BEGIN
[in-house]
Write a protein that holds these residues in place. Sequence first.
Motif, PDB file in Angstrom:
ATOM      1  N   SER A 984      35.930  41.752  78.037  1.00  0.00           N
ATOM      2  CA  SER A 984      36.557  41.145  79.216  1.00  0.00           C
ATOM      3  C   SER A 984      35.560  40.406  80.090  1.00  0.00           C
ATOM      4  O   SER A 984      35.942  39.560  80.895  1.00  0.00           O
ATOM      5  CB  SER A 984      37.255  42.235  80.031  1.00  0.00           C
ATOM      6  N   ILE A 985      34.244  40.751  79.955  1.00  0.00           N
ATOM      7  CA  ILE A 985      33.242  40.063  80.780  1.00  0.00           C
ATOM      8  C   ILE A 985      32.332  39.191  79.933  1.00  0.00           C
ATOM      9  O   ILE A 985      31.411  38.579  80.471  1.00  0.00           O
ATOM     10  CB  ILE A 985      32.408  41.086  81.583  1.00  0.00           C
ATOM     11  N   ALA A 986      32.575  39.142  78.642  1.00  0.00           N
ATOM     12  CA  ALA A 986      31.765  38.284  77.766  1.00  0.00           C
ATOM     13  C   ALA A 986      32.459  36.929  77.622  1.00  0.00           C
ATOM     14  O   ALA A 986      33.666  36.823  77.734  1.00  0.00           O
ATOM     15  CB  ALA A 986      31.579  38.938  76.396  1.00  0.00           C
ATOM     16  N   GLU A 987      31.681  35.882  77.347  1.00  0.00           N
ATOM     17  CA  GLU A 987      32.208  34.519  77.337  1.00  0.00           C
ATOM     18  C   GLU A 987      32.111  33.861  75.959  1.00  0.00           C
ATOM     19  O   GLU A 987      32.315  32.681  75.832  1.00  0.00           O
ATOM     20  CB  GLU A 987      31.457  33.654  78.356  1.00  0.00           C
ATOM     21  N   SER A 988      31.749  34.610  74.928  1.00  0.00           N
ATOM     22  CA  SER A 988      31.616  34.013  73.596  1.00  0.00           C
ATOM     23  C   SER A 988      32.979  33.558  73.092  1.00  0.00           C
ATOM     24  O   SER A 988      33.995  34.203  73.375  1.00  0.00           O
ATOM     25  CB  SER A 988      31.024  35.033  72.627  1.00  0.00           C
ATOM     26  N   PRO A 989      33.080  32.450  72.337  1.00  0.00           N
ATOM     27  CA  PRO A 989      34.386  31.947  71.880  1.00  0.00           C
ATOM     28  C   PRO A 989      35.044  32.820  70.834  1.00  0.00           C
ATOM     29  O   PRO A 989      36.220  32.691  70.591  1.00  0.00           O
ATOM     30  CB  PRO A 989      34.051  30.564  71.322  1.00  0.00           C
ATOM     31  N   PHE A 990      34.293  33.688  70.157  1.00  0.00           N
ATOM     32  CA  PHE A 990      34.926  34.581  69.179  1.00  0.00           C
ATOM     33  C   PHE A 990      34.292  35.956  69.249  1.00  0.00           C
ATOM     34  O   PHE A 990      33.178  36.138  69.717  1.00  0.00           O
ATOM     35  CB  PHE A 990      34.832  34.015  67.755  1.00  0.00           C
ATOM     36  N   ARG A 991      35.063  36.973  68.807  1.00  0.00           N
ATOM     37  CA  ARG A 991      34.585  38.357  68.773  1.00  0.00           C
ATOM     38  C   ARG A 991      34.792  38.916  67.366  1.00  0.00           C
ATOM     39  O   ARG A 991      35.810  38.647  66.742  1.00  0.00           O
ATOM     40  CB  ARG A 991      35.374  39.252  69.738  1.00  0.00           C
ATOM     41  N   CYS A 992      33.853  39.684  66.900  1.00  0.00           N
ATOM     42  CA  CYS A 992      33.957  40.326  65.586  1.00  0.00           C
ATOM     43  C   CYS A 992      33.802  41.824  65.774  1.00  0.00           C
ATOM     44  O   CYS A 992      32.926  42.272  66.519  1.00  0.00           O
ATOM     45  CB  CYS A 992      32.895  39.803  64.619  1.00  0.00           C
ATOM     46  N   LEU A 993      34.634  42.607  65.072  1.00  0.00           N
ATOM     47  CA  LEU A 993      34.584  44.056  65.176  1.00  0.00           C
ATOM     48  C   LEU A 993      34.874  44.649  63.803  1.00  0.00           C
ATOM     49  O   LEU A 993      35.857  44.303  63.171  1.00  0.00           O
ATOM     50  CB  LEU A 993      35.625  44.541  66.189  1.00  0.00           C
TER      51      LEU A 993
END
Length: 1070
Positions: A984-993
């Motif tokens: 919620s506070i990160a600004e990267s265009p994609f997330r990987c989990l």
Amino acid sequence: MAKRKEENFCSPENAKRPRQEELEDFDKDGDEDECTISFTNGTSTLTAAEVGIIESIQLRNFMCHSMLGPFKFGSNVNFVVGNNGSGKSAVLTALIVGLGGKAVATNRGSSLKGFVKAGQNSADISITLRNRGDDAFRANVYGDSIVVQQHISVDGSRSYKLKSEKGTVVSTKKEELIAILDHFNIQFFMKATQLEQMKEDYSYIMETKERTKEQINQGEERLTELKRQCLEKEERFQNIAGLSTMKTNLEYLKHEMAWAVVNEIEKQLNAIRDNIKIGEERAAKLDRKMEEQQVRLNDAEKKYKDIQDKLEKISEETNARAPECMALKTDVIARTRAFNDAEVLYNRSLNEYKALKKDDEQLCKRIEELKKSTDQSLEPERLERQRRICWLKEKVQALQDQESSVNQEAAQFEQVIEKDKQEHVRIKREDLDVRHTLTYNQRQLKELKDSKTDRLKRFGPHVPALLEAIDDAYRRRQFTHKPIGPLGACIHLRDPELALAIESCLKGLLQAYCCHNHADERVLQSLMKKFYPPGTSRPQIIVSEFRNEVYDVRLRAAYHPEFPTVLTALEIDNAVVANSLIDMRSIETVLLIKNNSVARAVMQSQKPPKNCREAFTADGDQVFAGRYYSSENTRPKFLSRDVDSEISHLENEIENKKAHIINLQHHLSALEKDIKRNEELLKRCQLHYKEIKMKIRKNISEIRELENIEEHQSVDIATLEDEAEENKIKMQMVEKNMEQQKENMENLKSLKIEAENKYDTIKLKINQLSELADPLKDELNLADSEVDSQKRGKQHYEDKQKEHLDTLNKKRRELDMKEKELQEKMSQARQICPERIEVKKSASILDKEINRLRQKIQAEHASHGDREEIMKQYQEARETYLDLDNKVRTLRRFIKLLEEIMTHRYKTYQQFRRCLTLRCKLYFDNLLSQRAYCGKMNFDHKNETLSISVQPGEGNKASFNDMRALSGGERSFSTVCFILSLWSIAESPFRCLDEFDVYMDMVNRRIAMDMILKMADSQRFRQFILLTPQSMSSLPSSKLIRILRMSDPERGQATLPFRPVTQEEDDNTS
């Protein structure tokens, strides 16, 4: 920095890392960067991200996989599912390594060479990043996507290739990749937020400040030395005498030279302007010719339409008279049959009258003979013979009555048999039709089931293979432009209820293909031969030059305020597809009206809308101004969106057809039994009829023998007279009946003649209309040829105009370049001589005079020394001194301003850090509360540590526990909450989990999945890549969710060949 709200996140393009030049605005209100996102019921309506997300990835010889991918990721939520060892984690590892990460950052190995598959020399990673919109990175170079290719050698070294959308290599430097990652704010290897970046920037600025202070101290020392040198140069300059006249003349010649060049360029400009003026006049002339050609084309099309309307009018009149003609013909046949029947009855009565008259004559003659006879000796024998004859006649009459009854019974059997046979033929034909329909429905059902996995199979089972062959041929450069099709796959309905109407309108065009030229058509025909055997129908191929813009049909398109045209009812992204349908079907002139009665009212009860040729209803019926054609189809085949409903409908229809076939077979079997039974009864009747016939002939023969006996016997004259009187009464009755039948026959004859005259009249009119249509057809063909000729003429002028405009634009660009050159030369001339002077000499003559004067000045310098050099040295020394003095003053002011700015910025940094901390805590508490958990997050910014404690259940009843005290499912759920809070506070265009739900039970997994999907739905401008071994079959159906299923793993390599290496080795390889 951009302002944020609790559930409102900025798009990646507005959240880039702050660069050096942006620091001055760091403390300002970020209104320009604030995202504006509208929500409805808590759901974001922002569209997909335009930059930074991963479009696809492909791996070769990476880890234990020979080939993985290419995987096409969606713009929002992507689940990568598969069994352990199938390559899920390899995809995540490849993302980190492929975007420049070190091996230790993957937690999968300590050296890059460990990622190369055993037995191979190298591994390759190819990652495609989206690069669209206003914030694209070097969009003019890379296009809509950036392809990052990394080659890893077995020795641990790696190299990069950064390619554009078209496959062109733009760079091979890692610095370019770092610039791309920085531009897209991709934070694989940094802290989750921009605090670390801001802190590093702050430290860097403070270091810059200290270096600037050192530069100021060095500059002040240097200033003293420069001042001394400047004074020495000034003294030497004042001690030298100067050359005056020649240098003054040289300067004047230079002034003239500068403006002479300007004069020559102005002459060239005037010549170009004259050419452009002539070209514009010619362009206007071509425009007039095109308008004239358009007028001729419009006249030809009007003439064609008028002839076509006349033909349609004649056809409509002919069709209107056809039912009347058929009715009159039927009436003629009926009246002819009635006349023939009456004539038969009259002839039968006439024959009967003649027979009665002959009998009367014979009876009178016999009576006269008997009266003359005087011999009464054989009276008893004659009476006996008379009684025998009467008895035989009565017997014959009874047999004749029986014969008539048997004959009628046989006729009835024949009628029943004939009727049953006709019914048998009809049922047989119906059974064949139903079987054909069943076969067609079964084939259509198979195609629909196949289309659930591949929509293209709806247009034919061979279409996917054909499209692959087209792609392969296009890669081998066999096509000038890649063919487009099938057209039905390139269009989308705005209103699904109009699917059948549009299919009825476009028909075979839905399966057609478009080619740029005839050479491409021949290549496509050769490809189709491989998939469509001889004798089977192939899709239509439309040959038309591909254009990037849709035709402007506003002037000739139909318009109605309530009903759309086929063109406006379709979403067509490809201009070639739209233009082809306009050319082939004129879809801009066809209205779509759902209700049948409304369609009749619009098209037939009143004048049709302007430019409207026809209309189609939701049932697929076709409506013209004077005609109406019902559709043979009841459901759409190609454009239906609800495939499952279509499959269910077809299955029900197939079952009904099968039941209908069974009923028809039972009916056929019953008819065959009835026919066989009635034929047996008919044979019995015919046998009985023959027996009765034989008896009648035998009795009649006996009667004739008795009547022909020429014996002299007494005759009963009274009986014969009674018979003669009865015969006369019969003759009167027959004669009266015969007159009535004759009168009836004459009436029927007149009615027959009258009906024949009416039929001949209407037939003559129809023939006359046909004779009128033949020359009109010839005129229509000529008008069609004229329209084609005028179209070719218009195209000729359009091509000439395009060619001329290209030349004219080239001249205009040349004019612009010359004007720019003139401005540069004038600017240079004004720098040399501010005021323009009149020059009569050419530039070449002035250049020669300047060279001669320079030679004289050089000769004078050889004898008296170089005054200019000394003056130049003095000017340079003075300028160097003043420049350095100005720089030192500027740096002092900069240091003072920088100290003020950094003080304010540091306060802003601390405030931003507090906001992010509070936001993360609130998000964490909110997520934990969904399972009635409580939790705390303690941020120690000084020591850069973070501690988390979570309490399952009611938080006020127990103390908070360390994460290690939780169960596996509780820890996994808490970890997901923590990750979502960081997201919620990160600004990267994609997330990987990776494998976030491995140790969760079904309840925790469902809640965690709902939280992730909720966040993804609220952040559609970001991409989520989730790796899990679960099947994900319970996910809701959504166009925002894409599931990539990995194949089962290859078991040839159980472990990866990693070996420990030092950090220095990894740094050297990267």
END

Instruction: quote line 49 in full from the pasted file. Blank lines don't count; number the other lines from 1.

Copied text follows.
ATOM     46  N   LEU A 993      34.634  42.607  65.072  1.00  0.00           N